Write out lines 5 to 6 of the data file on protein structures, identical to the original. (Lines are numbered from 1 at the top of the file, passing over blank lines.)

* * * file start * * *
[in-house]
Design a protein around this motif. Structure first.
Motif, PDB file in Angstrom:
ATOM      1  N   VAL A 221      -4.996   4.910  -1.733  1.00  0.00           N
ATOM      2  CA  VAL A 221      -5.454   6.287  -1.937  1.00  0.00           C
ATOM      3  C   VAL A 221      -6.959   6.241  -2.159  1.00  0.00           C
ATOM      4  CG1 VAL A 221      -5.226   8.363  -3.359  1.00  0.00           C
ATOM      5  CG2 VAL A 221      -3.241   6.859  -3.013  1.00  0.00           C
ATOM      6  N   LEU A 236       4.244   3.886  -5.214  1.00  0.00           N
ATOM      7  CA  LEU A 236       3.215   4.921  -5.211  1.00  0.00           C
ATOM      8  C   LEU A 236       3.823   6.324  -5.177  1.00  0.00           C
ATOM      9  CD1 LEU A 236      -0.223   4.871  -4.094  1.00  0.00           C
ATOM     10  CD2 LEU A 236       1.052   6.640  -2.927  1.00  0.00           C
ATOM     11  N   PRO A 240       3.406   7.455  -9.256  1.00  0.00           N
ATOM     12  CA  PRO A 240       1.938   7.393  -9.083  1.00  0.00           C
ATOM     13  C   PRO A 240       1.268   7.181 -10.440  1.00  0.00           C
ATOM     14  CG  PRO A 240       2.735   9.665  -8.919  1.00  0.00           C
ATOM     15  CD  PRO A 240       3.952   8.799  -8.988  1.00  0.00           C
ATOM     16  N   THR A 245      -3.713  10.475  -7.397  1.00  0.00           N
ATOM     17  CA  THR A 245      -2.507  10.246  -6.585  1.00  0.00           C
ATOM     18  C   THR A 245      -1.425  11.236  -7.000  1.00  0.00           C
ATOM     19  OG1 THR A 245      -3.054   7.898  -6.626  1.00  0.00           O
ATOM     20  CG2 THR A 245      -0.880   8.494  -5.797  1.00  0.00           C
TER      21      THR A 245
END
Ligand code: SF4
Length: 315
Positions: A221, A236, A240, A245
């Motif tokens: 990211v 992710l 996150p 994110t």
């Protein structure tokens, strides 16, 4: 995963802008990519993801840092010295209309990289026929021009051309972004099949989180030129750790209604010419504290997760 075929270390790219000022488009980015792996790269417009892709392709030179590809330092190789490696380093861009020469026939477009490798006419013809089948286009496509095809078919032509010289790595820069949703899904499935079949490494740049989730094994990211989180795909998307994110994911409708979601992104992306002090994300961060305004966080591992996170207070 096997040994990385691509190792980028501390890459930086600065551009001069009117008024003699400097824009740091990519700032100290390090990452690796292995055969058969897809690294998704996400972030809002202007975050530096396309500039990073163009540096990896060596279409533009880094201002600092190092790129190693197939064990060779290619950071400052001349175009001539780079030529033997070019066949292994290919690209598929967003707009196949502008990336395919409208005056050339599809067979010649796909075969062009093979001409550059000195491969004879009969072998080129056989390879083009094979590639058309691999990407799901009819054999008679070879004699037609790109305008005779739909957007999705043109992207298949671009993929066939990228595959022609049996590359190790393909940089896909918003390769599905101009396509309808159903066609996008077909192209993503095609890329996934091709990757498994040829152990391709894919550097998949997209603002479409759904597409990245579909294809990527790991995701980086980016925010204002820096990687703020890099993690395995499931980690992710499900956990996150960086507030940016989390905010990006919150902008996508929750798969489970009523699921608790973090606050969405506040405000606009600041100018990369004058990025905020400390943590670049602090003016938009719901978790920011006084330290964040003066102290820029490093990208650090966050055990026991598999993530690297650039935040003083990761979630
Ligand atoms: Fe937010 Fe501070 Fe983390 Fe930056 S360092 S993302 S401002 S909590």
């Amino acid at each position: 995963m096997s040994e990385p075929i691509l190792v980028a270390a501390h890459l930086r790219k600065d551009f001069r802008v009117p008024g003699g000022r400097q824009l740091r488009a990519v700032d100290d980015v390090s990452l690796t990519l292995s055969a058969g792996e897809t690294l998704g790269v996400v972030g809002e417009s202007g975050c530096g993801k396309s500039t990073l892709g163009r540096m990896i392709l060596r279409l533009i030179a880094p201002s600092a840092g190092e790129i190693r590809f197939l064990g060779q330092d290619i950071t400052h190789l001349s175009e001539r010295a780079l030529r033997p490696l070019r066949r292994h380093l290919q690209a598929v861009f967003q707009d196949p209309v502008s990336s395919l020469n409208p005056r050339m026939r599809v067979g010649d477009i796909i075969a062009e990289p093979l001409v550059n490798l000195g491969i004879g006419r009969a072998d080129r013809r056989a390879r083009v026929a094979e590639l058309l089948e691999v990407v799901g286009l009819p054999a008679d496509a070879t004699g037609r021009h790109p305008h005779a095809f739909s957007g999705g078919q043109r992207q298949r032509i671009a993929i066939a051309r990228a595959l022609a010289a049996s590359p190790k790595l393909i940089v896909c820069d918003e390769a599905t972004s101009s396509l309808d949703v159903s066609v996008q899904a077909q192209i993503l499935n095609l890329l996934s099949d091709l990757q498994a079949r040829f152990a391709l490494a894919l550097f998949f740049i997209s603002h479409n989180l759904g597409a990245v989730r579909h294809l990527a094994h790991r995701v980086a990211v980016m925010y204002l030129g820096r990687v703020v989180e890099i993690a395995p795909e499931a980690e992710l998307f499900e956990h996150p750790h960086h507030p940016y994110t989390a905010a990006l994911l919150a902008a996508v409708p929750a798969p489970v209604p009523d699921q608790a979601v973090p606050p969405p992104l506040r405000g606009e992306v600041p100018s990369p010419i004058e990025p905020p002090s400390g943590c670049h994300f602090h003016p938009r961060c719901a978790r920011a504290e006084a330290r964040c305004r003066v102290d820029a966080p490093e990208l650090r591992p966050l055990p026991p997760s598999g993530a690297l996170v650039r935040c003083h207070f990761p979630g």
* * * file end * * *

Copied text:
ATOM      2  CA  VAL A 221      -5.454   6.287  -1.937  1.00  0.00           C
ATOM      3  C   VAL A 221      -6.959   6.241  -2.159  1.00  0.00           C